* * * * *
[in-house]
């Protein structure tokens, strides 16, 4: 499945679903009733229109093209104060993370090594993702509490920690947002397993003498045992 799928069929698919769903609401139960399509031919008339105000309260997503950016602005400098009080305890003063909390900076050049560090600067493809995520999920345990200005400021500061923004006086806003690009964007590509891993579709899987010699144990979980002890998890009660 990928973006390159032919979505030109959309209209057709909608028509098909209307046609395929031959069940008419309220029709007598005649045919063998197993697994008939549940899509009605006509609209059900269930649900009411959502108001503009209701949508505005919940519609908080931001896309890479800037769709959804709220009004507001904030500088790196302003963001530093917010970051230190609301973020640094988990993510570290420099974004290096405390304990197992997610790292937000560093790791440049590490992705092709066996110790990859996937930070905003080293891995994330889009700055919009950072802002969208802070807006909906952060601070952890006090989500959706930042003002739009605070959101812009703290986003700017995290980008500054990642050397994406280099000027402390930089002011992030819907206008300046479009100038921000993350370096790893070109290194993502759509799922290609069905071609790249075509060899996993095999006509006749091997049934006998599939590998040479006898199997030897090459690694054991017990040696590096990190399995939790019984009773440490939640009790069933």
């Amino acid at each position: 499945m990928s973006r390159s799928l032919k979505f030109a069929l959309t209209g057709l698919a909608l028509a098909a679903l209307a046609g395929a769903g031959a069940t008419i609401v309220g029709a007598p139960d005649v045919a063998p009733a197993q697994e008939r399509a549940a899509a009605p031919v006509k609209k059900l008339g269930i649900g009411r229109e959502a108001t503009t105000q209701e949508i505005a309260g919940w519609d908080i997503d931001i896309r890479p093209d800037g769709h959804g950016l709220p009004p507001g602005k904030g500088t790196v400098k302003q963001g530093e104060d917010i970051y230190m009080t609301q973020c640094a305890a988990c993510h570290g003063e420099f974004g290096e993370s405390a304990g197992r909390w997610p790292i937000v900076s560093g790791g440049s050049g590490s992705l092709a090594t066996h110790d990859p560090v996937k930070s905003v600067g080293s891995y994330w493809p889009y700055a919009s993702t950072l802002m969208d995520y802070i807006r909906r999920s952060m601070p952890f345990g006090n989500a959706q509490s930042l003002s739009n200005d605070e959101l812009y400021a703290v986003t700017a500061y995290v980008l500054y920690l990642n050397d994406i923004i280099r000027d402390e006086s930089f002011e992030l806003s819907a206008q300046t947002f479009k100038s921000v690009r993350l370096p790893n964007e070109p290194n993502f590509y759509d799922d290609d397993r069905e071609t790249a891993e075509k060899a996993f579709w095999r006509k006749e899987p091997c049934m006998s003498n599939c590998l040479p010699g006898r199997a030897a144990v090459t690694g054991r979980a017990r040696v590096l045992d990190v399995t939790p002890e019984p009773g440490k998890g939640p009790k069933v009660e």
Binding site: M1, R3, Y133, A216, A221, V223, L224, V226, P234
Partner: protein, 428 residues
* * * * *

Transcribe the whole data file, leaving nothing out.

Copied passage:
[in-house]
């Protein structure tokens, strides 16, 4: 499945679903009733229109093209104060993370090594993702509490920690947002397993003498045992 799928069929698919769903609401139960399509031919008339105000309260997503950016602005400098009080305890003063909390900076050049560090600067493809995520999920345990200005400021500061923004006086806003690009964007590509891993579709899987010699144990979980002890998890009660 990928973006390159032919979505030109959309209209057709909608028509098909209307046609395929031959069940008419309220029709007598005649045919063998197993697994008939549940899509009605006509609209059900269930649900009411959502108001503009209701949508505005919940519609908080931001896309890479800037769709959804709220009004507001904030500088790196302003963001530093917010970051230190609301973020640094988990993510570290420099974004290096405390304990197992997610790292937000560093790791440049590490992705092709066996110790990859996937930070905003080293891995994330889009700055919009950072802002969208802070807006909906952060601070952890006090989500959706930042003002739009605070959101812009703290986003700017995290980008500054990642050397994406280099000027402390930089002011992030819907206008300046479009100038921000993350370096790893070109290194993502759509799922290609069905071609790249075509060899996993095999006509006749091997049934006998599939590998040479006898199997030897090459690694054991017990040696590096990190399995939790019984009773440490939640009790069933």
């Amino acid at each position: 499945m990928s973006r390159s799928l032919k979505f030109a069929l959309t209209g057709l698919a909608l028509a098909a679903l209307a046609g395929a769903g031959a069940t008419i609401v309220g029709a007598p139960d005649v045919a063998p009733a197993q697994e008939r399509a549940a899509a009605p031919v006509k609209k059900l008339g269930i649900g009411r229109e959502a108001t503009t105000q209701e949508i505005a309260g919940w519609d908080i997503d931001i896309r890479p093209d800037g769709h959804g950016l709220p009004p507001g602005k904030g500088t790196v400098k302003q963001g530093e104060d917010i970051y230190m009080t609301q973020c640094a305890a988990c993510h570290g003063e420099f974004g290096e993370s405390a304990g197992r909390w997610p790292i937000v900076s560093g790791g440049s050049g590490s992705l092709a090594t066996h110790d990859p560090v996937k930070s905003v600067g080293s891995y994330w493809p889009y700055a919009s993702t950072l802002m969208d995520y802070i807006r909906r999920s952060m601070p952890f345990g006090n989500a959706q509490s930042l003002s739009n200005d605070e959101l812009y400021a703290v986003t700017a500061y995290v980008l500054y920690l990642n050397d994406i923004i280099r000027d402390e006086s930089f002011e992030l806003s819907a206008q300046t947002f479009k100038s921000v690009r993350l370096p790893n964007e070109p290194n993502f590509y759509d799922d290609d397993r069905e071609t790249a891993e075509k060899a996993f579709w095999r006509k006749e899987p091997c049934m006998s003498n599939c590998l040479p010699g006898r199997a030897a144990v090459t690694g054991r979980a017990r040696v590096l045992d990190v399995t939790p002890e019984p009773g440490k998890g939640p009790k069933v009660e």
Binding site: M1, R3, Y133, A216, A221, V223, L224, V226, P234
Partner: protein, 428 residues